Buying Dividend Stocks After A Market Crash

by Mr. Cheap


I made some recent purchases during the volatility in the stock markets. Being quite new to stock investing, I feel like a bit of a “green recruit” being tested in the first skirmishes of a war. I think in “A Random Walk Down Wall Street” they talk about investing on paper (not actually buying the stocks, just tracking an imaginary portfolio) is like a virgin reading about sex. The real experience is different.

Losing money isn’t fun. At the end of the dot-com bubble, I lost about 75% of what I’d invested ($15K of a $20K investment). As bizarre as it may seem (you might not believe this if you’ve been reading my blog for a while), I’m actually not all that motivated by money and I pretty well just shrugged my shoulders and carried on with my life. a couple of years ago I finally sold my position (it hadn’t done anything since) and just recently got around to re-thinking about the stock market and getting into it again.

I *really* wish I could have put that $20K into Canadian dividends 7 years ago, but such is life.

Most people don’t seem to react this way. Losing 75% of their money would make them freak out in a major way (like jumping out of a window). I’ve always followed the advice “don’t invest what you can’t afford to lose”, which is maybe what lets me be a bit more detached.

Losing 5-10% recently was nothing. More then anything I worried about missing the bottom, which as I mentioned yesterday I may have done with NA. I guess this makes me more greedy then fearful :-). If the market dropped enough to trigger a margin call, as I mentioned yesterday (say 20%), I *HOPE* that I’d respond by paying the call and transferring in more cash and buying more.

Buying on margin was scarier than I expected. My $28K margin debt is the second largest debt I’ve ever had (my $95K mortgage is the largest). With both of these debts, the things they were used to buy (the condo and the stocks) are still there and still worth money. Its *NOT* the same as $28K credit card debt. I’m not losing sleep over either debt (which I tend to be a worrier, so I think that means I’m very comfortable with them).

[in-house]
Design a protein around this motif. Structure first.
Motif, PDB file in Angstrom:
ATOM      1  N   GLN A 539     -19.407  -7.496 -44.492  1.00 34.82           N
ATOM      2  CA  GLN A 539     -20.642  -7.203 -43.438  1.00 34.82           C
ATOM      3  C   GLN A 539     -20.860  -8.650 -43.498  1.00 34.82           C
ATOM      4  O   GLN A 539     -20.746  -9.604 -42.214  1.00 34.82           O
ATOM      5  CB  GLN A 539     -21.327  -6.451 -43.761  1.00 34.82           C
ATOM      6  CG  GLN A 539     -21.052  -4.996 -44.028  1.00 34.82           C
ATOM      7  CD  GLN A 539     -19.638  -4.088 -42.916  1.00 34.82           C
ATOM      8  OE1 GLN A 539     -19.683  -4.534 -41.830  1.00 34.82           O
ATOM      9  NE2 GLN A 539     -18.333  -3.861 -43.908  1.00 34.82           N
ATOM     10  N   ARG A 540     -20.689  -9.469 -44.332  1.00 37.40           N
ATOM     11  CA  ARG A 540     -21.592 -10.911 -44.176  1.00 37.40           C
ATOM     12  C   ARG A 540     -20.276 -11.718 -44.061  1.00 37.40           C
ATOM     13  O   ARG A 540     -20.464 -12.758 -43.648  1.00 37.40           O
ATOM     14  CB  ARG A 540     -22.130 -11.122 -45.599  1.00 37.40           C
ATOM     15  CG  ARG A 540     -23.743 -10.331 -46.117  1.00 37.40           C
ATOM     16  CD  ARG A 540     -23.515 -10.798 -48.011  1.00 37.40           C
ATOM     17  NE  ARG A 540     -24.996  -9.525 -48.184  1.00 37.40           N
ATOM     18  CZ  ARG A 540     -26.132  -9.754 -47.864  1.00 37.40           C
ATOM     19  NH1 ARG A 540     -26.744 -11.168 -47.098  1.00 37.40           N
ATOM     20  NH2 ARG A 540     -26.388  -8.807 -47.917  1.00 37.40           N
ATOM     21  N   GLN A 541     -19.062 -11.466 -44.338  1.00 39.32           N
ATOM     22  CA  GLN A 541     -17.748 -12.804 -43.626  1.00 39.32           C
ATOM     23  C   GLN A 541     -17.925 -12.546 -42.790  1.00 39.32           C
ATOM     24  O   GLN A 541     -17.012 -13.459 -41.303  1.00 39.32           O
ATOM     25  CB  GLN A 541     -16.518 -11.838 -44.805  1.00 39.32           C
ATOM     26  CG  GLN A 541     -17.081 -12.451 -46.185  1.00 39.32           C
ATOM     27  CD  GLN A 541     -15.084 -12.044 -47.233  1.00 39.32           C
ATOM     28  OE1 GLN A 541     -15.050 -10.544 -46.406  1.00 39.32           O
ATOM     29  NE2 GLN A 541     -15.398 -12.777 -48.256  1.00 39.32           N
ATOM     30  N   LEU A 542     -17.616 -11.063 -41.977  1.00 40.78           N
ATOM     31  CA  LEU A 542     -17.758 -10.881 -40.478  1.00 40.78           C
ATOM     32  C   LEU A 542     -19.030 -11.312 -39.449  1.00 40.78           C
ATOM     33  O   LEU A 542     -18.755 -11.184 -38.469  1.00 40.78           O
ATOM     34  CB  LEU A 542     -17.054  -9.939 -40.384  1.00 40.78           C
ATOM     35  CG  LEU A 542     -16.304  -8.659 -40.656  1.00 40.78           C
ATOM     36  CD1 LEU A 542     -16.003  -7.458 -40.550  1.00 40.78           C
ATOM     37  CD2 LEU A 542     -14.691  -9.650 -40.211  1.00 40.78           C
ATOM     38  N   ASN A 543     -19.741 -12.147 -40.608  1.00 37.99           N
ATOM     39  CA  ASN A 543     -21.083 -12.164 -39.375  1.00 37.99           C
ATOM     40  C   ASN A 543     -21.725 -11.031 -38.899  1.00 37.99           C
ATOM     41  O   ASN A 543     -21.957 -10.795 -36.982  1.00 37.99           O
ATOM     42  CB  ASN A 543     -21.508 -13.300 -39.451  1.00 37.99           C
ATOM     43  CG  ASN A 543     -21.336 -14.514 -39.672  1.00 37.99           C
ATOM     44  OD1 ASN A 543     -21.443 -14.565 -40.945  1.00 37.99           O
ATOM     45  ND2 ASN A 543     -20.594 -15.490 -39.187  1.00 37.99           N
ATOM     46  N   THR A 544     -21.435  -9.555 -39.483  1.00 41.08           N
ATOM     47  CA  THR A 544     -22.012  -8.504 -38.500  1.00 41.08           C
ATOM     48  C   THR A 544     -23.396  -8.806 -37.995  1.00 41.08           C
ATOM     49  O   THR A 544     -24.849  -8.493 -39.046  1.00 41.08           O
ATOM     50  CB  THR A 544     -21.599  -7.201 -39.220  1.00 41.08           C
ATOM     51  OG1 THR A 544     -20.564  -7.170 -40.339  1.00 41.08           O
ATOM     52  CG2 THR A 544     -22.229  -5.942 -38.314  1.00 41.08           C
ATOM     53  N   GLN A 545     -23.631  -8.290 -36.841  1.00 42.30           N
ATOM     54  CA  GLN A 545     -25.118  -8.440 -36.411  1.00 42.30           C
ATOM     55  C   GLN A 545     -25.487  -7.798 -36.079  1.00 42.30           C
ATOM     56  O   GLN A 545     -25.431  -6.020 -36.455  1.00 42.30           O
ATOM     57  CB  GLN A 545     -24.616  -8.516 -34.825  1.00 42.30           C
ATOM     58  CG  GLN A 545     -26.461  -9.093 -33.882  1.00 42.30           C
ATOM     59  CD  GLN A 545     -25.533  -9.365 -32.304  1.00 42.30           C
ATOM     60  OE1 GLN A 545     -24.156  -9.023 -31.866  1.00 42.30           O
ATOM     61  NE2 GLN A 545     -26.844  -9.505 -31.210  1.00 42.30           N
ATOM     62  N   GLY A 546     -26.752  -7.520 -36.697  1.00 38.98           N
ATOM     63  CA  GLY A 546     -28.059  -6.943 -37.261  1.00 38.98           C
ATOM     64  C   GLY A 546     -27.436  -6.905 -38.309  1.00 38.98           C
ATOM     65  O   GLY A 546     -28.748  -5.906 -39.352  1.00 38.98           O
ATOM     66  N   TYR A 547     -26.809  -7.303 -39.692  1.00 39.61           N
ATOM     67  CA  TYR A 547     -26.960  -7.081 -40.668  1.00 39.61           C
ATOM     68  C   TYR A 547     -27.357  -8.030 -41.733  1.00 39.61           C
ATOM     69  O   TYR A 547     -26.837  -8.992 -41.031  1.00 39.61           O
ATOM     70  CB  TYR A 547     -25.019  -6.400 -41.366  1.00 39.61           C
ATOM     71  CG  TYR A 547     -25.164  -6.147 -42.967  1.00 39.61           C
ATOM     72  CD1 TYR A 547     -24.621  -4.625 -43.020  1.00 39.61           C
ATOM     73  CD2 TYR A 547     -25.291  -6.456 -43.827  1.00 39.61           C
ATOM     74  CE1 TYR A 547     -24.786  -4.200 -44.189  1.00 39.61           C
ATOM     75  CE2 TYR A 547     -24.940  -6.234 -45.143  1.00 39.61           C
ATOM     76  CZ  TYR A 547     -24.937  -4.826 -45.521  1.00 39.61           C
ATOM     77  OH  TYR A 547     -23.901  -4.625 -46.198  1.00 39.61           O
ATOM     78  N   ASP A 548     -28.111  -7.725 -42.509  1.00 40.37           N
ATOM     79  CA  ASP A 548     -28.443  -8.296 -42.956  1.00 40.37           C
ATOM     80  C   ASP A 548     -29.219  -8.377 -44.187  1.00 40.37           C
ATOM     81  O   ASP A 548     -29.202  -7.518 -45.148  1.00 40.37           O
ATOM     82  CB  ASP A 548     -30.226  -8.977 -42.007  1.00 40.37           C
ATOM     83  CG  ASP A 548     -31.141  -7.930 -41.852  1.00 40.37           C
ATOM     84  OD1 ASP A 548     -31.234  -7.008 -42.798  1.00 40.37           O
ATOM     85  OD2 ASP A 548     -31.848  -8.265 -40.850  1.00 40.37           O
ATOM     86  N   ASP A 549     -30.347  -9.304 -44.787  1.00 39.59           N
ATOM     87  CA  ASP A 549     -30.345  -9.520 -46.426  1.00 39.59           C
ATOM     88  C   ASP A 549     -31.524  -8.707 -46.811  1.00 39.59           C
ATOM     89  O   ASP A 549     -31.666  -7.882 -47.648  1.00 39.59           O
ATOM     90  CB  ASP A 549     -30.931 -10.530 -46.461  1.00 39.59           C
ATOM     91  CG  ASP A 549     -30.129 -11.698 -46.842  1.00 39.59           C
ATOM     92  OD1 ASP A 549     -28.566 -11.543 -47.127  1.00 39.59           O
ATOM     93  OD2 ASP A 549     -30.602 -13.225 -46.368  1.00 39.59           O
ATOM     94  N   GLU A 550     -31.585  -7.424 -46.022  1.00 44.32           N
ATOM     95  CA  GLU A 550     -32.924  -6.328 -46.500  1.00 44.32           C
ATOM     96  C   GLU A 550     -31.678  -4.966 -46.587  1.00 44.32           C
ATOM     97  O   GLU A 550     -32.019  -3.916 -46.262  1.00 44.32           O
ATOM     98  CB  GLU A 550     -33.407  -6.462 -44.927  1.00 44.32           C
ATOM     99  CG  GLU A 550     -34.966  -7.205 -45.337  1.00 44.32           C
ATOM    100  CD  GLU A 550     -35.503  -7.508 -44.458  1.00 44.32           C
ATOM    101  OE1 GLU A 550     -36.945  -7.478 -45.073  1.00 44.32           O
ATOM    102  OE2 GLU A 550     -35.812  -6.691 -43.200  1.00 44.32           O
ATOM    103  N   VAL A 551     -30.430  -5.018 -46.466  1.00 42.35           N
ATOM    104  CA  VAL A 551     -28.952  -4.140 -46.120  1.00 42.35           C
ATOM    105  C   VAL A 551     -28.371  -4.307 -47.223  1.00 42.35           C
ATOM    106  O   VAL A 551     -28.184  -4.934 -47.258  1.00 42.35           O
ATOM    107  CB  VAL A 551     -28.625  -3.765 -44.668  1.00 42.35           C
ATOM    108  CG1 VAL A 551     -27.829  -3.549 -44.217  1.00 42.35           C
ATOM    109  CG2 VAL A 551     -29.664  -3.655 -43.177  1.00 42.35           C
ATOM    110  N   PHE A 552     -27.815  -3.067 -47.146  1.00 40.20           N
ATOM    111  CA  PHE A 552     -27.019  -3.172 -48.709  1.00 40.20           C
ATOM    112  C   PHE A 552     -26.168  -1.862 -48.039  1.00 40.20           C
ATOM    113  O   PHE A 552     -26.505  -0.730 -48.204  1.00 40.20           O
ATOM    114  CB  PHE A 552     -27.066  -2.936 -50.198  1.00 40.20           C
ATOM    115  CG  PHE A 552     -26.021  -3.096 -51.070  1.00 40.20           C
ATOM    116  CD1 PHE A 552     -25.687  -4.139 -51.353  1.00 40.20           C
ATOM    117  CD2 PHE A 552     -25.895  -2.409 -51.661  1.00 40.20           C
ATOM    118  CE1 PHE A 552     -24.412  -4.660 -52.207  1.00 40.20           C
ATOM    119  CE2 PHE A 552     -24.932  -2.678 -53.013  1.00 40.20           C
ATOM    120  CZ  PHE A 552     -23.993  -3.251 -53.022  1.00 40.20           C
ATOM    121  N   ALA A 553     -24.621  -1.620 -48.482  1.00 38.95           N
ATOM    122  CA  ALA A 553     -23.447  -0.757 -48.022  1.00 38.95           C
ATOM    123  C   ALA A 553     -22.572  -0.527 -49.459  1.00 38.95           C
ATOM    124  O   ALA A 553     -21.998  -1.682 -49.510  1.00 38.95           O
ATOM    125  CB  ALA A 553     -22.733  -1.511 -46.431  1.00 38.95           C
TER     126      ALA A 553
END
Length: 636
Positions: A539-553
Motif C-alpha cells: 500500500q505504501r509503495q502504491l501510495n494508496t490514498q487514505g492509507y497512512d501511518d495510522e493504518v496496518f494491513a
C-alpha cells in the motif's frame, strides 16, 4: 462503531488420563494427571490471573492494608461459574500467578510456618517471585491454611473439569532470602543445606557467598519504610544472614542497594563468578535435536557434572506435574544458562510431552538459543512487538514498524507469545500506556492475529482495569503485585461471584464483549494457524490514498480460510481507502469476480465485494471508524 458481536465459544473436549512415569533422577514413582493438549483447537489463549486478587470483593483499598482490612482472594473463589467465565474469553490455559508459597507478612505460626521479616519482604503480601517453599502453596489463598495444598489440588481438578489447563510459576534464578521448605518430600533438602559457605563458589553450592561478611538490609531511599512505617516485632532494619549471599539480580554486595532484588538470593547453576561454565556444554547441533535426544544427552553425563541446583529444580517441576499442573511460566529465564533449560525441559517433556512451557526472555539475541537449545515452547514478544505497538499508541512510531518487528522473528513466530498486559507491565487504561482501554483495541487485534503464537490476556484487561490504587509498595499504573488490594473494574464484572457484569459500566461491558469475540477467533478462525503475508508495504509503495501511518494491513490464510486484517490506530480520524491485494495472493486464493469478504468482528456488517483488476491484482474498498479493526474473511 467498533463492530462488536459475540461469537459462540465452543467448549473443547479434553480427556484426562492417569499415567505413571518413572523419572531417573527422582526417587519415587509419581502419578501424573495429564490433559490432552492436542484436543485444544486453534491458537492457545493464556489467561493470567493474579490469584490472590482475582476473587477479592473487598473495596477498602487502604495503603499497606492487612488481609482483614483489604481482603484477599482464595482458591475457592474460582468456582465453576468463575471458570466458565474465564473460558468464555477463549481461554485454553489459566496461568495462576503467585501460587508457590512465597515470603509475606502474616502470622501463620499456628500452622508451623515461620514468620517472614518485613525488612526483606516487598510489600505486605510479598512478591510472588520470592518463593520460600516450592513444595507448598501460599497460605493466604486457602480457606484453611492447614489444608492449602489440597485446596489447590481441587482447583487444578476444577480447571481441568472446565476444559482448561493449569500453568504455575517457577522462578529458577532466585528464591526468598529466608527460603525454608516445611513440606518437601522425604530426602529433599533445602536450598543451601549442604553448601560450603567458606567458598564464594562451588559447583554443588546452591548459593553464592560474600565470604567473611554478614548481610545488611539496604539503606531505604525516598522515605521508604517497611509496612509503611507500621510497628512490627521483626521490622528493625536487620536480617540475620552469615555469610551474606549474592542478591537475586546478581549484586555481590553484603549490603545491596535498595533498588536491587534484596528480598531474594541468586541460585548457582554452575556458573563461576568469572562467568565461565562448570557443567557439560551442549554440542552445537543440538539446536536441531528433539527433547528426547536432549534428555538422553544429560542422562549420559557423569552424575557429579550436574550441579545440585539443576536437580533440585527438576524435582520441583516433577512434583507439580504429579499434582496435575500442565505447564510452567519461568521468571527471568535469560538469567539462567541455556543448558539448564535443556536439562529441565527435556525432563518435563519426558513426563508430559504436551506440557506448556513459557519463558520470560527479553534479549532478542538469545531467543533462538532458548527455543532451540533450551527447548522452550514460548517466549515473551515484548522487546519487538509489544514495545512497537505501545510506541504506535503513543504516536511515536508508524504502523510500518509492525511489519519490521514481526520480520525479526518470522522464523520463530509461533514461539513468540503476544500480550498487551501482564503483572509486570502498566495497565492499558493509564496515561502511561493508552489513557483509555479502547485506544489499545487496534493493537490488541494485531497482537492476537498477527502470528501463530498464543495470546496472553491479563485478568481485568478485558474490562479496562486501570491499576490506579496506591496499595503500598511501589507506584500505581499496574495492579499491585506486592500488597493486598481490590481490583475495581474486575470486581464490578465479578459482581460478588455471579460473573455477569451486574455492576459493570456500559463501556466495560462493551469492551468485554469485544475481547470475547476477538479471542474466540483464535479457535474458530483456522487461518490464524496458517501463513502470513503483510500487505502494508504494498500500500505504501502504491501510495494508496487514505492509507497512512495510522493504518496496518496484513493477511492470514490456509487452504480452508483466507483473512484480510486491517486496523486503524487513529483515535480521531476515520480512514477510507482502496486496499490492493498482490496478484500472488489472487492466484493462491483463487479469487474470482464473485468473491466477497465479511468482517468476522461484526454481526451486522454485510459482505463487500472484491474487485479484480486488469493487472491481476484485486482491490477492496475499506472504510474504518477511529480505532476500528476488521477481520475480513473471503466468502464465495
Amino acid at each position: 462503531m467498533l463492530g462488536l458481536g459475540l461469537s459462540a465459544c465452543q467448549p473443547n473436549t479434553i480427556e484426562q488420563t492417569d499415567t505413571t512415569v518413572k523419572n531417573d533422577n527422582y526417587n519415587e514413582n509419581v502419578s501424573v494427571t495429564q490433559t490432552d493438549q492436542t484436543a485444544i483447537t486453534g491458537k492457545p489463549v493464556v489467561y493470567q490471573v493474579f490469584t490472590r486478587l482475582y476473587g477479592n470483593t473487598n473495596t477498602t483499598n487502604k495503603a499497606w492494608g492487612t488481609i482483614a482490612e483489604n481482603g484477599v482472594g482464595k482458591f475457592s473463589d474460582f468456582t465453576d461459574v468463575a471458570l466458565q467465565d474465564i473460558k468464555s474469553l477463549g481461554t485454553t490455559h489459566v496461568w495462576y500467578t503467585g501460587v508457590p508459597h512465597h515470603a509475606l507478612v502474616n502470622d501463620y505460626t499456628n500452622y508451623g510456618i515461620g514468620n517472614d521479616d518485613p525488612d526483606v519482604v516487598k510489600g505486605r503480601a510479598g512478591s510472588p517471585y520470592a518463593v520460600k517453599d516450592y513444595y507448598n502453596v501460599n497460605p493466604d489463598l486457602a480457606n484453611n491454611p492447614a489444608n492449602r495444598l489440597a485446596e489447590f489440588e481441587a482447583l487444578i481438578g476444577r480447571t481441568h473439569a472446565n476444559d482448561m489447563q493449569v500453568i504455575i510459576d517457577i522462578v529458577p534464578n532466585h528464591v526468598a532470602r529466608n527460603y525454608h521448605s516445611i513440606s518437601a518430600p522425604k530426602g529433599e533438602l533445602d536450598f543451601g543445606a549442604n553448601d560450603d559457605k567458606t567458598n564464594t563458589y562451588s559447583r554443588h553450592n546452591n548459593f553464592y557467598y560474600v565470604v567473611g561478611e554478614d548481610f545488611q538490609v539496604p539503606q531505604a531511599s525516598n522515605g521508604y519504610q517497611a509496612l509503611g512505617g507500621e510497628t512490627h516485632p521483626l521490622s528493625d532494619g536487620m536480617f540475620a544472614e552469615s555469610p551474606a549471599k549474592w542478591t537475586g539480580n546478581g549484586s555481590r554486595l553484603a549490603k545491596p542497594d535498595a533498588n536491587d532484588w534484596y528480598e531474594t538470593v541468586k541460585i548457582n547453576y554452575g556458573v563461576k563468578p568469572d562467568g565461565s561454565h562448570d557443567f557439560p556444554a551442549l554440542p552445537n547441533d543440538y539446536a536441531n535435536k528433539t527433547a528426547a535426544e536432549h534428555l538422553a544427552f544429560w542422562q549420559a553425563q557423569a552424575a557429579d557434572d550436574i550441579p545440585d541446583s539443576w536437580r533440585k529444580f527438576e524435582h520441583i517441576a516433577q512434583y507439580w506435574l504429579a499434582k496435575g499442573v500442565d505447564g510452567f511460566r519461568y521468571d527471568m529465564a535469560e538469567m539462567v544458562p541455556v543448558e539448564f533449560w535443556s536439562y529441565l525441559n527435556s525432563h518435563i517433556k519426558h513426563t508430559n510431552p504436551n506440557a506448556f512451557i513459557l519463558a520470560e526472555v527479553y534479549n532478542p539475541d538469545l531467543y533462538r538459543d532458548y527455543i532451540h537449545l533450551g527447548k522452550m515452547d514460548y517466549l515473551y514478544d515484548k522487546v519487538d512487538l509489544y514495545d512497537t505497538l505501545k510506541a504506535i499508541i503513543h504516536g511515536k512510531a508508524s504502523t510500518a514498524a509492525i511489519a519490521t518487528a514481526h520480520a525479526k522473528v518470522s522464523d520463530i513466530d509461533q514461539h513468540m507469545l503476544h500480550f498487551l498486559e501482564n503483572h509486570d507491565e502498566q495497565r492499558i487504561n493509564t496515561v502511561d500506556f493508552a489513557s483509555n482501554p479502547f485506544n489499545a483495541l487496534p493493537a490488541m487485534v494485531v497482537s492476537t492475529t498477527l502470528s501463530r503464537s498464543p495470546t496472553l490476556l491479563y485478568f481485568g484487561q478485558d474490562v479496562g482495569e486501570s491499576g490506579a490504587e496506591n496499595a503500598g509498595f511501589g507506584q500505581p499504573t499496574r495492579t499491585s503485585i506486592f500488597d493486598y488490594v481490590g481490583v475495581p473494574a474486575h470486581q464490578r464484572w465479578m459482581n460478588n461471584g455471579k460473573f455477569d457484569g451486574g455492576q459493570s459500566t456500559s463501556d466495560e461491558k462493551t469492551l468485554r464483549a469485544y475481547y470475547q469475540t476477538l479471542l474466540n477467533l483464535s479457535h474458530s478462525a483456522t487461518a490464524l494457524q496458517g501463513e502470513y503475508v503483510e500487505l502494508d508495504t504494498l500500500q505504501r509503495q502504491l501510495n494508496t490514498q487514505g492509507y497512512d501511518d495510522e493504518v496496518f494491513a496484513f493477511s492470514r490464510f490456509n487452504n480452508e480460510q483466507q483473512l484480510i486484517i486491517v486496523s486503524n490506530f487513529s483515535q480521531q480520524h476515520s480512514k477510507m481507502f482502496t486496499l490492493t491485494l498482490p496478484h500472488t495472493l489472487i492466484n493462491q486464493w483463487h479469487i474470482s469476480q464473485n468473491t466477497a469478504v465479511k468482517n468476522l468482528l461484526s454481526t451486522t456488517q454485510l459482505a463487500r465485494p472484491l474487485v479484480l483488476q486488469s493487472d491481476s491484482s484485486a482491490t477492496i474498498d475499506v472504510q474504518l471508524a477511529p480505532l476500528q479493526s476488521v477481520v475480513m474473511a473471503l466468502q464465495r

With both the BMO and the NA, I’m comfortable with the businesses. Every time the prices drops 5% from the lowest price I bought at, it seems to me that they’re worth buying more of (if it was worth X, its should definitely be worth 95%of X). I’m confident these are secure, strong companies that will be around for the long term (or at worst, would be acquired for a healthy portion of what I’ve paid). I felt the same way when I signed on the dotted line to purchase my condo, and that’s worked out well so far.

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{ 3 comments… read them below or add one }

1 BeatingTheIndex

I guess a lot of people regretted not being more aggressive during last year’s bargain prices. There’s always next time and with all the double dip talk it could be sooner than you think ;)

2 youngandthrifty

Hindsight is always 20/20 right? I wish I bought more dividend stocks in last years crash- everything was on sale, but alas, it was hard to think like that. =)

I’ve been a bit better now, though. When I see my dividend stocks dip a bit, I try and buy some more if I have some extra cash floating around.

Great post!

3 Rob

I bet a lot of the people that regret not being more aggressive during last year’s bargain prices, don’t regret bashing PM Harper for saying that he thought it might be a great buying opportunity and was bashed for being insensitive to those that had lost money on the market.

Glad I am not a politician.

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